Memory: something that is remembered.

Remember: to have or keep an image or idea in mind; to think of something or someone from the past.

I am tempted to quote Edmund Burke, an 18th Century philosopher and political theorist, who wrote, “Those who don’t know history are doomed to repeat it.” I am tempted to write about memories which American voters should have held in their hearts and minds when they went to the polls this year.

However, like many others, I need to take a break from the toxicity of this election year. I need to sip long and deep from other memories, memories which will bring me a modicum of peace and give me hope.

And so, instead, I will quote Rosamund Pilcher. In her heartbreakingly beautiful novel, The Shell Seekers, first published in 1997, she wrote about a woman in her early 60s who was recovering from a heart attack and coming to terms with her life. At one point, Penelope recalled a letter from a man she loved deeply, a man who had been killed on D-Day. He had written to her, “It was good, and nothing good is truly lost. It stays part of a person, becomes part of their character. So part of you goes everywhere with me. And part of me is yours, forever.”

Who are the people who have become part of my character, who go everywhere with me? Obviously, I won’t be able to list everyone, because God has been good and blessed me with a wonderful array of friends. I’m also, not going to make note of family members, because their place in my heart is a given. But, I will name two wonderful women and share briefly the goodness they have brought into my life.

  • Merry Lou Sunshine Christmas Burgess: She’s married now, and I’m pretty sure she’s dropped the “Sunshine.” (I think I was the only one who referred to her in that way, anyway.) But in my heart she is still “Burgess” and I suspect I’m still “Gales” to her. I met Burgess at a time in my life when I was painfully alone. Mom had died a year earlier; Dad had told me there was nothing for me at home – and he literally meant “nothing,” not a place, not emotional support, NOTHING. My best friend from high school had “outgrown” me, and I didn’t have anyone else to whom I could turn. Suddenly, there was Burgess, with her smile and her welcome invitations, and her patience with all of my dysfunctional interpersonal behaviors, consistently extending the hand of friendship. More than 40 years have passed since the January day when I met her. I can’t say I think of her every day, but I doubt if a week goes by when I don’t think of her and give thanks for what she gave me, a safe harbor in which to begin healing, thoughtful conversation and laughter.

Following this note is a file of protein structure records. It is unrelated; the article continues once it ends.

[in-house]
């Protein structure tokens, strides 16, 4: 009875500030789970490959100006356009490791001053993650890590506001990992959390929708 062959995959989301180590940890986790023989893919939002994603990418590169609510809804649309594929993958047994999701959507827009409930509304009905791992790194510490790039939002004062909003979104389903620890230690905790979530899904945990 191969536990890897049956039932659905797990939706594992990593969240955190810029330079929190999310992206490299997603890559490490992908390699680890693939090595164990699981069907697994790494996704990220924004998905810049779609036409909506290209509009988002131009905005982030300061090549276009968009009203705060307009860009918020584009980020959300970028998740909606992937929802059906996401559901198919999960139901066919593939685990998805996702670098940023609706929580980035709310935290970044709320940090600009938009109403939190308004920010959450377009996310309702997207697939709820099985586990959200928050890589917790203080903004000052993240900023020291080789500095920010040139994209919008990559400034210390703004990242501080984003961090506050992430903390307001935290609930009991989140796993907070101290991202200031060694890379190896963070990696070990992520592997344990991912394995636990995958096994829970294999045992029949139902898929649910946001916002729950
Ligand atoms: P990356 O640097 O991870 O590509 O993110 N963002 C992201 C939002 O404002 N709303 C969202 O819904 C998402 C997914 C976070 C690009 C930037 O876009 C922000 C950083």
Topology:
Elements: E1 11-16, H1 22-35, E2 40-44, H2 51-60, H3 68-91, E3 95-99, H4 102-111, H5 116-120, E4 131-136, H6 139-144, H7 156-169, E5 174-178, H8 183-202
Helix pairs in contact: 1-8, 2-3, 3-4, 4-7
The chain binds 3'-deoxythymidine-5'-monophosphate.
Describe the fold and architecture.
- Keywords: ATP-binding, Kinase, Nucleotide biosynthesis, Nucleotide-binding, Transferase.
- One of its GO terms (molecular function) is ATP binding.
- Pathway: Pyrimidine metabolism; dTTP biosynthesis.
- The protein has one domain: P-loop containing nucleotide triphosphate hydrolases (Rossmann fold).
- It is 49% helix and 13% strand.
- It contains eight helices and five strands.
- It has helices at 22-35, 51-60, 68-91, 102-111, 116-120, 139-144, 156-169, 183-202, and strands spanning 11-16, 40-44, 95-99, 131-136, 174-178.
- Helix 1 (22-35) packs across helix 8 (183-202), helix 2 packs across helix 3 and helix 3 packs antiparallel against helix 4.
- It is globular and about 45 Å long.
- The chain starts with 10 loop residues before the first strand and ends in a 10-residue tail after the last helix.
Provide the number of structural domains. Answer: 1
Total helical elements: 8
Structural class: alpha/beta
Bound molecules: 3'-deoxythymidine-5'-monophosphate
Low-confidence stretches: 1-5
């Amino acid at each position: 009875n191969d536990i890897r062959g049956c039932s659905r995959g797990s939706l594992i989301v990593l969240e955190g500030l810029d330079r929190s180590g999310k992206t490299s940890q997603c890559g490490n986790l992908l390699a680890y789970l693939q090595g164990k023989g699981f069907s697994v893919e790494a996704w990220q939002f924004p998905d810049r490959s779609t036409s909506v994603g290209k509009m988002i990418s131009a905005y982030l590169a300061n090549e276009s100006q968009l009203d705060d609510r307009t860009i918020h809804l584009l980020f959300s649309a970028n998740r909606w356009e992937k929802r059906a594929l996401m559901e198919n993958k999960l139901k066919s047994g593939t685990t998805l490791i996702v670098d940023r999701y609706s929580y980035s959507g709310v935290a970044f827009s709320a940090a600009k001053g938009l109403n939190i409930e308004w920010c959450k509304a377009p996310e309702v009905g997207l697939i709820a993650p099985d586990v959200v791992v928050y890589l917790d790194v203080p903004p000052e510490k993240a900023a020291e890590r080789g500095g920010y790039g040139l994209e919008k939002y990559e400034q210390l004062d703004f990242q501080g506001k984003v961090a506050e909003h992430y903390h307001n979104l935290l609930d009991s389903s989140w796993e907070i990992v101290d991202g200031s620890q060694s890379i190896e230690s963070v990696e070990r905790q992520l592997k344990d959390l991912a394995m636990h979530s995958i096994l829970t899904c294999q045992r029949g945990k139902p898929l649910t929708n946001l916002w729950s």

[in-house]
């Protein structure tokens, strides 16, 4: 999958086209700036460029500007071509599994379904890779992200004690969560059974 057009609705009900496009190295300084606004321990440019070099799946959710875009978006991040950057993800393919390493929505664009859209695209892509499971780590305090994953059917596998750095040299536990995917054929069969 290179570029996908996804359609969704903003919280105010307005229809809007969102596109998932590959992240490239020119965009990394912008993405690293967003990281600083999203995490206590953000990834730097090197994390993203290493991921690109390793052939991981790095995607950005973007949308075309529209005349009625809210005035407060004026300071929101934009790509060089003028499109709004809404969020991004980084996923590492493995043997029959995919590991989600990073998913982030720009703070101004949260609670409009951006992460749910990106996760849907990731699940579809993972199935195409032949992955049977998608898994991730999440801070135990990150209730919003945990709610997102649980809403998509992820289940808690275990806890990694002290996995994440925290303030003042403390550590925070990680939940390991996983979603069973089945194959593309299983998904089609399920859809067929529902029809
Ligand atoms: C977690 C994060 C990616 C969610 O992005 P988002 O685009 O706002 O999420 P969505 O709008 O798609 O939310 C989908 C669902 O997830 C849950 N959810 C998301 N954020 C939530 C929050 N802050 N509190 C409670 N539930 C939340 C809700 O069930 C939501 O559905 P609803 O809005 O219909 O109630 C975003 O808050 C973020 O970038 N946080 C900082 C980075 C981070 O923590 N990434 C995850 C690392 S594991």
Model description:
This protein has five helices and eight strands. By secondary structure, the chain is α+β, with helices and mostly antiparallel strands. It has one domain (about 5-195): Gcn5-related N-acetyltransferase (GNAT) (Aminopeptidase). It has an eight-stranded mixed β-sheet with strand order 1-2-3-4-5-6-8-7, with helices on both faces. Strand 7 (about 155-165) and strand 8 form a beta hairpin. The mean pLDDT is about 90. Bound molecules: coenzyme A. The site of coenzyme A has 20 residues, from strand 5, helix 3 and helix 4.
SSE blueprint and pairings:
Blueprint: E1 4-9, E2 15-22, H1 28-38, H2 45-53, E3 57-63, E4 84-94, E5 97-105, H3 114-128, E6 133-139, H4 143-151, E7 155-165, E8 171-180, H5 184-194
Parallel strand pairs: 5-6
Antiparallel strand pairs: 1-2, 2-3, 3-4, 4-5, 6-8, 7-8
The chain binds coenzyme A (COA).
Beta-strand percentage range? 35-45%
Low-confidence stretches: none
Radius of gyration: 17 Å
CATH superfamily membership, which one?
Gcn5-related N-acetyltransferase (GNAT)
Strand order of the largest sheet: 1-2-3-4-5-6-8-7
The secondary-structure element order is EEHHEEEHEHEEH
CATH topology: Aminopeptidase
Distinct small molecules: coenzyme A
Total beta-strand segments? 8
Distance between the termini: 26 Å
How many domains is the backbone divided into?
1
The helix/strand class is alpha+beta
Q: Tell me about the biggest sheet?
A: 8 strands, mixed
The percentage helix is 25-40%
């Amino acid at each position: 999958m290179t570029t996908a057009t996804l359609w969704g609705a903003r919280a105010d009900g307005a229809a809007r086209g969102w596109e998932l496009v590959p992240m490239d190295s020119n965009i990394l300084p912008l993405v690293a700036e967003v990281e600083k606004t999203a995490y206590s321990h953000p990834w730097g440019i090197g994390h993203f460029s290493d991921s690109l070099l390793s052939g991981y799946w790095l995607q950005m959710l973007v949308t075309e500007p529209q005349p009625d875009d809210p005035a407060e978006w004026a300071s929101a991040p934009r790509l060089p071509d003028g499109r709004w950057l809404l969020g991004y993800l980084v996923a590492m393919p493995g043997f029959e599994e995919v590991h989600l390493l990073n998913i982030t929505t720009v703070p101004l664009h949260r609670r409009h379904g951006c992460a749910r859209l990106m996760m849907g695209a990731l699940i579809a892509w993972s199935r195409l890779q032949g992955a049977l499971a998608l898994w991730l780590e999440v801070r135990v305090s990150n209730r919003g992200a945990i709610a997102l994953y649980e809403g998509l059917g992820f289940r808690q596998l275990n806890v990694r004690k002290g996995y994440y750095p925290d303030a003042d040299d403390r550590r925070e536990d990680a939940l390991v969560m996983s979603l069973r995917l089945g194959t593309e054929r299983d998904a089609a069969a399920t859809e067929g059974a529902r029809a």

• Karen Kinder: Karen and I met at a juried art show in June 1990. We were both moms with young children, and both delighted to discover our pieces had been well received. Karen’s painting placed second and mine won an honorable mention. She was returning to art after a hiatus during which she had started her teaching career and a family. I had been painting for years, but it had been a clandestine activity for reasons too numerous to record here. The recognition was good for both of us, but the friendship which grew in subsequent years has been the greater gift for me. Supportive, understanding, nonjudgmental – Karen has been the receptacle of so many of the stories of my life, and in doing so, has given my heart a home. In addition, she has continued to inspire me to be an artist by succeeding in her own art career. So much from one chance encounter!

To these wonderful women, thank you for becoming part of my character. To all the friends I did not name, you are valued, too, and have also helped me to become me. Even though you are not named, you are cherished.


2 thoughts on “Memories

  1. During my freshman year at SDSU, our Resident Advisor put quotes on everyone’s door. I can’t remeber what was on my door, but I do remember one piece of advice: “choose your friends wisely, because you become what they are.” At the time, it seemed like boring advice. What new student wants to make friends who study? There’s beer to drink! But as the year went on, that advice became more prophetic.

    I started making friends who, on the surface, were as different as me as possible. I chose to focus on our commonality, and I found real meaningful friendships. Lifelong friends. Friends I go months without talking to and know their voice at “hello”.

    As I get older, I find myself wanting to become what my friends are. I seek people who outdo me. I surround myself with people who are passionate about their skills. I want to be the least intelligent, least read, least kind, least compassionate, least open minded person at coffee. But not as a reflection of myself: as a reflection of those around me. My friends set the bar. I will never reach their level, but I can follow their example.

    To all my friends, I’d like to say this:

    I’m sorry for my shortcomings. I’m trying, and I’m learning everyday. Thank you for changing me into a better version of myself. Thank you for your inspiration and your patience.

    Liked by 1 person

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